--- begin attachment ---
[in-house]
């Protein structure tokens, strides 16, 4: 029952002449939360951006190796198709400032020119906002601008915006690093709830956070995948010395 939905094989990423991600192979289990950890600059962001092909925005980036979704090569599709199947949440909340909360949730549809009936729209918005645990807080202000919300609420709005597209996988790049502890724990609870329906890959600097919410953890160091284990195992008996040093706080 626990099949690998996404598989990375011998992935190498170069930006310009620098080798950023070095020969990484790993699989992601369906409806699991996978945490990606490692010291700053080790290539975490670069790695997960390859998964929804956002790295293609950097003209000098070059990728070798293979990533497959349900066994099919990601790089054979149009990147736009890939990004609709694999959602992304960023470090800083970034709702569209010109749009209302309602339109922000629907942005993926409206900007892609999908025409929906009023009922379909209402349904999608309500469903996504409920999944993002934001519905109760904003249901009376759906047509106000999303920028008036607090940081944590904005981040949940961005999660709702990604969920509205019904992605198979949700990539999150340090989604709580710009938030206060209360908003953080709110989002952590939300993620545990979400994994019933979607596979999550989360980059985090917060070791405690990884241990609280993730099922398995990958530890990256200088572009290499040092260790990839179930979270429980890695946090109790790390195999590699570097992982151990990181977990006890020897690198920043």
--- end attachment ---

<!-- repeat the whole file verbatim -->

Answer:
[in-house]
């Protein structure tokens, strides 16, 4: 029952002449939360951006190796198709400032020119906002601008915006690093709830956070995948010395 939905094989990423991600192979289990950890600059962001092909925005980036979704090569599709199947949440909340909360949730549809009936729209918005645990807080202000919300609420709005597209996988790049502890724990609870329906890959600097919410953890160091284990195992008996040093706080 626990099949690998996404598989990375011998992935190498170069930006310009620098080798950023070095020969990484790993699989992601369906409806699991996978945490990606490692010291700053080790290539975490670069790695997960390859998964929804956002790295293609950097003209000098070059990728070798293979990533497959349900066994099919990601790089054979149009990147736009890939990004609709694999959602992304960023470090800083970034709702569209010109749009209302309602339109922000629907942005993926409206900007892609999908025409929906009023009922379909209402349904999608309500469903996504409920999944993002934001519905109760904003249901009376759906047509106000999303920028008036607090940081944590904005981040949940961005999660709702990604969920509205019904992605198979949700990539999150340090989604709580710009938030206060209360908003953080709110989002952590939300993620545990979400994994019933979607596979999550989360980059985090917060070791405690990884241990609280993730099922398995990958530890990256200088572009290499040092260790990839179930979270429980890695946090109790790390195999590699570097992982151990990181977990006890020897690198920043």